Kimberly Kent, 53, a former manager at the $4.2 million Milledgeville Community Credit Union who also served as an elected official for a small Illinois town, was sentenced July 14 to eight months in federal prison for embezzling more than $220,000 from the credit union from 2005 to 2012, the court documents said.

In addition to prison, Kent was also sentenced to two years of supervised release and a $5,000 fine.

Kelsey Selman, 37, a former teller at the 850-member institution in Milledgeville, Ill., who admitted embezzling more than $100,000 from 2007 to 2012, was sentenced in May to two days in prison, three years of supervised release and a $4,000 fine, the documents said.

Assistant U.S. Attorney Scott R. Paccagnini, who prosecuted both cases, stated in court that the two women, who were among three employees at the credit union, took advantage of the institution’s minimal oversight.

In an interview with CU Times, Paccagnini said one of the most unusual aspects of the cases is that both women have already repaid the credit union for money stolen.

“Both of them paid back the money as they resigned,” he said.

In addition to $231,823.15 in restitution Kent already paid to the credit union, she was ordered to pay $10,176.72 in restitution to Milledgeville Community Credit Union and $5,278.75 to Wysox Township to cover investigative costs, Paccagnini said.

The latest two cases follow a string of internal fraud allegations recently uncovered at Illinois credit unions. Other recent cases include Paul C. Smith, a former president of Laclede Community Credit Union and former treasurer of a Illinois Credit Union League chapter, who recently pleaded guilty in U.S. District Court in St. Louis to using the chapter’s debit card for almost $60,000 in personal expenses over five years. Charles Juska, former president of the $25 million Tazewell County School Employees Credit Union in Pekin, Ill., recently pleaded not guilty to misapplying more than $500,000.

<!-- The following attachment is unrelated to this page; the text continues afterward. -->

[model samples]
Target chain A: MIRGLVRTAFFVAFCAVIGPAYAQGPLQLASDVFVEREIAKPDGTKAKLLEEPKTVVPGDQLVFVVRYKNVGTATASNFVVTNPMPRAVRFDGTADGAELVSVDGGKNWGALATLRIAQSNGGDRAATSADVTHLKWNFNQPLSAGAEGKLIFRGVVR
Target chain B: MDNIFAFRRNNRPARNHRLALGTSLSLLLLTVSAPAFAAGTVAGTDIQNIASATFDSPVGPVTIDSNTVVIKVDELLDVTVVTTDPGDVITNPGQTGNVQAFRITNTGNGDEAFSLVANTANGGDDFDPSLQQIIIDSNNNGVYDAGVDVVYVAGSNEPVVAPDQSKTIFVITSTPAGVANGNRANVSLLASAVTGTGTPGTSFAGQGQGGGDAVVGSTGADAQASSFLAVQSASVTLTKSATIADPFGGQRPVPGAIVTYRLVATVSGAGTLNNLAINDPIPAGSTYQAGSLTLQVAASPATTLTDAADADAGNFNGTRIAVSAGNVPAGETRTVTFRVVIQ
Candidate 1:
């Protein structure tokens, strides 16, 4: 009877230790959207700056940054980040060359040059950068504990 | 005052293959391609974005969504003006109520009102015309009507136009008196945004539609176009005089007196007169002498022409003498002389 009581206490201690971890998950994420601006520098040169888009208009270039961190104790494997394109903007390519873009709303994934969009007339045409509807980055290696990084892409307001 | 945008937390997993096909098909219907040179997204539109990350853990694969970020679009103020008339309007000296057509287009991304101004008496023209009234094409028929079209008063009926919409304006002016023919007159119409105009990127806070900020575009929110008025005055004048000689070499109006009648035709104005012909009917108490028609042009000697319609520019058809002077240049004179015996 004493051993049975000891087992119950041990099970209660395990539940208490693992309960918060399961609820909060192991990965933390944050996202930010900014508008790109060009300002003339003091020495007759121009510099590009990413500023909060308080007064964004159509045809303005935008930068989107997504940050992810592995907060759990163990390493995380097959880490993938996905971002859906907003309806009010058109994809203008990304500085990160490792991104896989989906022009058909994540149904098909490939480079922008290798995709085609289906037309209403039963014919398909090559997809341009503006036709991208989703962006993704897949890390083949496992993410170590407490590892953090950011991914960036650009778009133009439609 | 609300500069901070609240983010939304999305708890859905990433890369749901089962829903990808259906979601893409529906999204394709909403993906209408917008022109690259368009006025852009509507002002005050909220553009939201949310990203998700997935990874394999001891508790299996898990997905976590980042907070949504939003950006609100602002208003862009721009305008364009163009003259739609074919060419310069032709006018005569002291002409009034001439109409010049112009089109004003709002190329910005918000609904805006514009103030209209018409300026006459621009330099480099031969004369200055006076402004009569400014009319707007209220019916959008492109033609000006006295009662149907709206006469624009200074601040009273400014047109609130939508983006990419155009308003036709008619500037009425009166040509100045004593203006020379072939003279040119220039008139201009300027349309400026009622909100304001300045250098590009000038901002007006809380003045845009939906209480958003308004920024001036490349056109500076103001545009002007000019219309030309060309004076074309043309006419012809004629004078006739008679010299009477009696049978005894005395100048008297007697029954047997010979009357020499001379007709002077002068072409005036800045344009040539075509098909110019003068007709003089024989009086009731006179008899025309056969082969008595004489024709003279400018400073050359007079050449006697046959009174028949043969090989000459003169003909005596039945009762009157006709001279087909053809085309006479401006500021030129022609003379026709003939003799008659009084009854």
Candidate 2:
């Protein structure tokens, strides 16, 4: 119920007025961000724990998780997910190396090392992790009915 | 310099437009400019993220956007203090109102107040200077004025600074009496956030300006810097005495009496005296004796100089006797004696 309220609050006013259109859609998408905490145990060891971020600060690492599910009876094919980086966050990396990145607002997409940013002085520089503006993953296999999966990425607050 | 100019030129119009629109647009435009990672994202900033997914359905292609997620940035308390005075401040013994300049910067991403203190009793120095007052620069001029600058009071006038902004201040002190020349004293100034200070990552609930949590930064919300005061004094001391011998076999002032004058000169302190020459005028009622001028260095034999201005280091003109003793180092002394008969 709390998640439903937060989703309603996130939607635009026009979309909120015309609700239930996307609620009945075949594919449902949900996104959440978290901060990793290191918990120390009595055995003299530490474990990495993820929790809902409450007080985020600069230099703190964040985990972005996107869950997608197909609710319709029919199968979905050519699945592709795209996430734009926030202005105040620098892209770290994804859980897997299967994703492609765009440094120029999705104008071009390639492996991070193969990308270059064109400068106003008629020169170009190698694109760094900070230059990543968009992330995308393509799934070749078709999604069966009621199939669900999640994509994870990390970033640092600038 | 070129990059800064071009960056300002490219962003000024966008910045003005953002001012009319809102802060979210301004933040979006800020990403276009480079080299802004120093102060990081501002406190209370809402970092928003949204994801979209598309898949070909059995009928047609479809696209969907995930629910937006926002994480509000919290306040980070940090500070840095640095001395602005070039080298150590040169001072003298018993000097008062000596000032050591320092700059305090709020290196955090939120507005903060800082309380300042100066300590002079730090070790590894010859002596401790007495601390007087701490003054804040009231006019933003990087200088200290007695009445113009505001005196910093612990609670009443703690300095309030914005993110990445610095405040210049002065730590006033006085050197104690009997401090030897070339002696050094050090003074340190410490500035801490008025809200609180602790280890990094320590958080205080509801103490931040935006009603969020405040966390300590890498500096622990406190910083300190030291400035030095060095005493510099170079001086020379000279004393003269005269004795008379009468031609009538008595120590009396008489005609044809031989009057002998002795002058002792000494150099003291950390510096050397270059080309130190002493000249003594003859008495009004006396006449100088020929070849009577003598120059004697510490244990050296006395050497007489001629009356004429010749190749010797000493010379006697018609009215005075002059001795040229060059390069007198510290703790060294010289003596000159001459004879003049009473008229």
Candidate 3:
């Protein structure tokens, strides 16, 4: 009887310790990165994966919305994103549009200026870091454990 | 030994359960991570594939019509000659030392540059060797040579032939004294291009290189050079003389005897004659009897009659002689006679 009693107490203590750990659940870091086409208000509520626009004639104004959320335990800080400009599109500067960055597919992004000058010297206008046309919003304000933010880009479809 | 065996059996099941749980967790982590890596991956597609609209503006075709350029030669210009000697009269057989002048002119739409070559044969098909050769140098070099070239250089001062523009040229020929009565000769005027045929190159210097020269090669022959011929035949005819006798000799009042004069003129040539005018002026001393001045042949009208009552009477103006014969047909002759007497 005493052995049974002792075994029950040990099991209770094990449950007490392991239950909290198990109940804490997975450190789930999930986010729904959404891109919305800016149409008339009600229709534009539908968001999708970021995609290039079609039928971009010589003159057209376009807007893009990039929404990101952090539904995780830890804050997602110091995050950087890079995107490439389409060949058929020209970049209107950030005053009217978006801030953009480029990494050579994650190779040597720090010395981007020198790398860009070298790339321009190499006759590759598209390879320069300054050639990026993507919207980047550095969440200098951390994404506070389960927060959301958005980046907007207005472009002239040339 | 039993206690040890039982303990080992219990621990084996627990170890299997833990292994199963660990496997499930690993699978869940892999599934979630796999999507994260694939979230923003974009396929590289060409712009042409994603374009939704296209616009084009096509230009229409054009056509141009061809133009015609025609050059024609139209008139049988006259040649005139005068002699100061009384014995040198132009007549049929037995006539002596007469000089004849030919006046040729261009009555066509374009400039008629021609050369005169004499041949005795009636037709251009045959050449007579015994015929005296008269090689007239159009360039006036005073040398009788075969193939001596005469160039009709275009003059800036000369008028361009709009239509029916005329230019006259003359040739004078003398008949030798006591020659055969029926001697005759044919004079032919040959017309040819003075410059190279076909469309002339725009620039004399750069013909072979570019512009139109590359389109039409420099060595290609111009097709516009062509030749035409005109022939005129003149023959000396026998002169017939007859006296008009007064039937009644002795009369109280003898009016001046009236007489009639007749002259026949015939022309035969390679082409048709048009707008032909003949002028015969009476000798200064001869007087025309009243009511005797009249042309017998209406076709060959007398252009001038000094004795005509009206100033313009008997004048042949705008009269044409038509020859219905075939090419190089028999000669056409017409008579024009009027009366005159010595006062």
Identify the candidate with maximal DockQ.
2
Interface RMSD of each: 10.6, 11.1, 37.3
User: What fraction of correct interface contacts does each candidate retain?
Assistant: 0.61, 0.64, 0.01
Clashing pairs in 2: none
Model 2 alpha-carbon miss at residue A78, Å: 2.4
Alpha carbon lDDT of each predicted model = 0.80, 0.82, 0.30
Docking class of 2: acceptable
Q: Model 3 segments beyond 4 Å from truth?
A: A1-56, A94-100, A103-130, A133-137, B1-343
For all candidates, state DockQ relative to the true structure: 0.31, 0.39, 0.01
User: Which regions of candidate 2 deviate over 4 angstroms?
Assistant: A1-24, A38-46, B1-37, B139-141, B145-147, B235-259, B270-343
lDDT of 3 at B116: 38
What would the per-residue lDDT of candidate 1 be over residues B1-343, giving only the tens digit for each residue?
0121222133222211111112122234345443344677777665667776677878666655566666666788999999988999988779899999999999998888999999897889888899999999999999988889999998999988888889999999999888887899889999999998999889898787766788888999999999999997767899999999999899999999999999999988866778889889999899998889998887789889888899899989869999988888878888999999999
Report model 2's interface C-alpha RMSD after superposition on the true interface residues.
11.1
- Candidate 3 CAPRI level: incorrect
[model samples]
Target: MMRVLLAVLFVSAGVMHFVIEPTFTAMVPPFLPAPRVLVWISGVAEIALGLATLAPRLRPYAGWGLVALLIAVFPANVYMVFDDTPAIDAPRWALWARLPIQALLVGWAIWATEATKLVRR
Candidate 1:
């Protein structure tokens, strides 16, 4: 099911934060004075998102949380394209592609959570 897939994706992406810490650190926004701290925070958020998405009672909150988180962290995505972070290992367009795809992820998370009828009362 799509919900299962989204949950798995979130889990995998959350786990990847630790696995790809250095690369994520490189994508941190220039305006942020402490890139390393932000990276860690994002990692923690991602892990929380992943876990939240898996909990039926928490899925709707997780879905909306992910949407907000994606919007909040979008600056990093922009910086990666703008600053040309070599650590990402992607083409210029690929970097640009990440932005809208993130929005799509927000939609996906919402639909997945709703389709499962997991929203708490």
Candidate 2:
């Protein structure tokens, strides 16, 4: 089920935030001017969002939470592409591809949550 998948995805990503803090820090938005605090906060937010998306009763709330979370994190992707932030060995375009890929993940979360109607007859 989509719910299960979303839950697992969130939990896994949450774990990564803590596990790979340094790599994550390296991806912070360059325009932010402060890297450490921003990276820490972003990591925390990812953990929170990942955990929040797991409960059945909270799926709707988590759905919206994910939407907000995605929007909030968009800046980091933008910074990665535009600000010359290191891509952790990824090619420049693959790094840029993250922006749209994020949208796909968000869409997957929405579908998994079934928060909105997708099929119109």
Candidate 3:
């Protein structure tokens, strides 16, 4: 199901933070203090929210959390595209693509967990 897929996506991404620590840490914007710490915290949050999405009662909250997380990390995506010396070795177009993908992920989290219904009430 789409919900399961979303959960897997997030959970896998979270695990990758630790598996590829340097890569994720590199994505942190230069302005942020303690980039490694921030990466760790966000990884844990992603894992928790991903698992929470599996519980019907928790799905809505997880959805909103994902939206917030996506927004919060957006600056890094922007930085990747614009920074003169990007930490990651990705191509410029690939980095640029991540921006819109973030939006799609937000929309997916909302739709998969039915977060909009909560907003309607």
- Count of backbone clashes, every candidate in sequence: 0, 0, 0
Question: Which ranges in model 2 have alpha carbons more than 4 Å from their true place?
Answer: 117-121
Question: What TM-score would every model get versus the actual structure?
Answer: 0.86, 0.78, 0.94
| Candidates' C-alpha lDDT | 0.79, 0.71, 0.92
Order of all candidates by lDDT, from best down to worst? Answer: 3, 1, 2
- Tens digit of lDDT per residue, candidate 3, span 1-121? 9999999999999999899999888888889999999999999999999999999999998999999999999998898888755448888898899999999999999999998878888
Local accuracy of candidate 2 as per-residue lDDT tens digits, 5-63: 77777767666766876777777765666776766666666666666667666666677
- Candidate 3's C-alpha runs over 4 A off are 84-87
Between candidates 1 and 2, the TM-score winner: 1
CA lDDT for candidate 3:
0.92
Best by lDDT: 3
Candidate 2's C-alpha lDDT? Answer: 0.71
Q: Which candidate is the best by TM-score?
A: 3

In the latest case at Milledgeville Community CU, both former employees pleaded guilty earlier this year.

In Selman’s plea agreement, the ex-teller confessed to applying fake credits to her personal account, which caused the credit union’s records to falsely reflect that her cash drawer increased by an amount to offset the deposit into her account.

In the other case, Kent, who also served as treasurer of Wysox Township, admitted in a plea agreement that she used fraudulent loans and town funds to conceal her fraud at the credit union.

Prosecutors say the contrast in sentencing is due to the extent of the crimes and the attempts to conceal the fraud.
Although Kent and Selman stole the money for personal use, Kent went to great lengths to conceal her crime and may have purposely covered up Selman’s fraud, the documents said.

To conceal her own fraud, Kent created fictitious loans and certificates of deposits using names of family members, the documents said.

After being elected treasurer of Wycox Township in 2009, Kent began using the town’s accounts at the credit union to cover her embezzlement, the plea agreement said.

For almost two years, she moved money into and out of Wysox Township’s accounts at the credit union, transferring a total of $175,000 from a township account to cover up her credit union fraud, the court records said.

After it became clear that the credit union would uncover her illegal activity, Kent resigned and provided information to the auditor.